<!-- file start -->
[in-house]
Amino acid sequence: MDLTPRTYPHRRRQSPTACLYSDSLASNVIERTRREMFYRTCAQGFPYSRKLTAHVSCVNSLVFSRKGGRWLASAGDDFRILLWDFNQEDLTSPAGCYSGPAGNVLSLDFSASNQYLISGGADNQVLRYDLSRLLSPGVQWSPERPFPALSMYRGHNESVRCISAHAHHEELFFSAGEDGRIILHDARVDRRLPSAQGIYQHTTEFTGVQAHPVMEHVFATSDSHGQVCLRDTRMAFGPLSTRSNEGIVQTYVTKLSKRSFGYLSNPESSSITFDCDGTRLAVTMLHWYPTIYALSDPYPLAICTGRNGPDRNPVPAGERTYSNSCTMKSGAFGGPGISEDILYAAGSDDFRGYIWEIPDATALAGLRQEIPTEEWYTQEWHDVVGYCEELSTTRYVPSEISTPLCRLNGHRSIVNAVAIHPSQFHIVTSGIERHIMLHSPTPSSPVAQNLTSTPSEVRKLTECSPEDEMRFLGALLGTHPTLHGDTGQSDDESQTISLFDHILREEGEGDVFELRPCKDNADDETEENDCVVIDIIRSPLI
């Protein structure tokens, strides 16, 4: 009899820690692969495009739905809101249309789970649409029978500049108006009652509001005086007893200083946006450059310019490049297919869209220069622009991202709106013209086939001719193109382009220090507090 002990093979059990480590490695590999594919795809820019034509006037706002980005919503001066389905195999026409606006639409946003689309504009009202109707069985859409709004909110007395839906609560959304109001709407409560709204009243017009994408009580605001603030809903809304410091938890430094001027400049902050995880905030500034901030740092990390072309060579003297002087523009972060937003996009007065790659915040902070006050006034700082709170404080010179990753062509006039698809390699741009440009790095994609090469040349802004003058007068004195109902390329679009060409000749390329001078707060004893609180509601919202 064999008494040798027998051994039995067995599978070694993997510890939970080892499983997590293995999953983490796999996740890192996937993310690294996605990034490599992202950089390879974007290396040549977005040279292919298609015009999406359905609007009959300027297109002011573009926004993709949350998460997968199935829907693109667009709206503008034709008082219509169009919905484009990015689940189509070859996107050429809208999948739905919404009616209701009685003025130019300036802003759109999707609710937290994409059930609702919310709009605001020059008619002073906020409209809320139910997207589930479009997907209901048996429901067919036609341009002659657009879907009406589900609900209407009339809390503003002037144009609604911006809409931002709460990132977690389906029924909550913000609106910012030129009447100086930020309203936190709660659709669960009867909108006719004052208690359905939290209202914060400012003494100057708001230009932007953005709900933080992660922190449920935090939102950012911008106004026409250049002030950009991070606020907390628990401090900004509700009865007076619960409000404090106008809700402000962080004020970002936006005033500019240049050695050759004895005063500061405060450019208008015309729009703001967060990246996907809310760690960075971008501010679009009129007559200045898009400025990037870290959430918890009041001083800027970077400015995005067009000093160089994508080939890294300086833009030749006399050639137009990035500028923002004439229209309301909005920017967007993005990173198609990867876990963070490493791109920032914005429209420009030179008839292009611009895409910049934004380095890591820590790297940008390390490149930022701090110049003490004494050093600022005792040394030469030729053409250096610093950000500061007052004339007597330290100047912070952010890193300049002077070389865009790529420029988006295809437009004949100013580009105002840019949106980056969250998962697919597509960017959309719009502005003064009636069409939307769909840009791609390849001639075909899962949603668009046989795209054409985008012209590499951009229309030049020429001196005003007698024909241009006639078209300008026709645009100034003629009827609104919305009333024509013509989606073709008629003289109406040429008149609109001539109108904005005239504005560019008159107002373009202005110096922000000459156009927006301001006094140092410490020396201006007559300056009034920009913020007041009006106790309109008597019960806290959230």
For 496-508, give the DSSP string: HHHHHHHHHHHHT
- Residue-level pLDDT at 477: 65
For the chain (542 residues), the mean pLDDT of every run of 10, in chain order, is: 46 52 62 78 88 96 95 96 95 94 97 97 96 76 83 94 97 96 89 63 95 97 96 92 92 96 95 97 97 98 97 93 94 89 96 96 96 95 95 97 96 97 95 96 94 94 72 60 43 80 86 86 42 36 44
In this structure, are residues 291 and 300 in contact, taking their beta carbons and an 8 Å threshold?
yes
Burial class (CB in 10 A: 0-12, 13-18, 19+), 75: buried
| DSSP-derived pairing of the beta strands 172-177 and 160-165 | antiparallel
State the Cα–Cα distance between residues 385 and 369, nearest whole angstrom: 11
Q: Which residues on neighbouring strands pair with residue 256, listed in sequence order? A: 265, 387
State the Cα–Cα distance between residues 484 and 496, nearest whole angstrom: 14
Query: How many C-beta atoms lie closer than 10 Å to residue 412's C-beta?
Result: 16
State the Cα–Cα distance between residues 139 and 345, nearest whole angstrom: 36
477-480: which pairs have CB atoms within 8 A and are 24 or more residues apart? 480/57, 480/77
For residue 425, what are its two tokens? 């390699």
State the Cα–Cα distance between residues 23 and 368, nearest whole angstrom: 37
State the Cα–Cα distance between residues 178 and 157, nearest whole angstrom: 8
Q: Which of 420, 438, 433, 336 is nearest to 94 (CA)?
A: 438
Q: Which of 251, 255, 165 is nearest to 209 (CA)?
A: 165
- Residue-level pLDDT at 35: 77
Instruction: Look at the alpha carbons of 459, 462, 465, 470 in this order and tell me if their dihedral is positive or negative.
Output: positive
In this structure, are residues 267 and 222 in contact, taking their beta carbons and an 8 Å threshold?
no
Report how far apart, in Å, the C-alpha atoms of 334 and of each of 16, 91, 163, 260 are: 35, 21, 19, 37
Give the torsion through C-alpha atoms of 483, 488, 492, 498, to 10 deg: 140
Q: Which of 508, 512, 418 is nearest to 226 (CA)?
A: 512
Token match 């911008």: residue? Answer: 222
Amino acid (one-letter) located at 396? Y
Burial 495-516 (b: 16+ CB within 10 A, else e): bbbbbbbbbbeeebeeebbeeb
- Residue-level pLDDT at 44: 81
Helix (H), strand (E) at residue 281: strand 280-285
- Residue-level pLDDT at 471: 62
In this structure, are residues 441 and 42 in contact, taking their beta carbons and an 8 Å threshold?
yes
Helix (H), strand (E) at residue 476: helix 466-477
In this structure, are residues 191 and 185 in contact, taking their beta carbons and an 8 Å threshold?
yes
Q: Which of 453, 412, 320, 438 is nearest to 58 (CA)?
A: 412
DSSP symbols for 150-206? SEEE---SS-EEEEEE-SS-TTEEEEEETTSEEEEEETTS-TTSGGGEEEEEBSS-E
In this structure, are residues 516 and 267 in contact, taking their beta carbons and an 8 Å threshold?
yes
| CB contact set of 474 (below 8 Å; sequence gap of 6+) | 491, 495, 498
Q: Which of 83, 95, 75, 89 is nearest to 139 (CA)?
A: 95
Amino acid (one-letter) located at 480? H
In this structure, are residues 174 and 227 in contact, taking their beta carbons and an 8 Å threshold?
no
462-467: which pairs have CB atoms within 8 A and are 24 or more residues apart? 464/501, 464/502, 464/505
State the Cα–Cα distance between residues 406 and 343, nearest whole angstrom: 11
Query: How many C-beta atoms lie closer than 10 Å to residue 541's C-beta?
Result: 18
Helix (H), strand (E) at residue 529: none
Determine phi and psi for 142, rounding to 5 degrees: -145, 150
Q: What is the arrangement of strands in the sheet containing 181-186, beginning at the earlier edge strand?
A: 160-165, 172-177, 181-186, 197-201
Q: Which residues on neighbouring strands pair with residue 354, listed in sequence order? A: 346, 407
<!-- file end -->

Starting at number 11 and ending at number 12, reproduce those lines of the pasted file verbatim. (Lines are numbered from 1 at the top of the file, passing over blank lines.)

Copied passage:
State the Cα–Cα distance between residues 385 and 369, nearest whole angstrom: 11
Q: Which residues on neighbouring strands pair with residue 256, listed in sequence order? A: 265, 387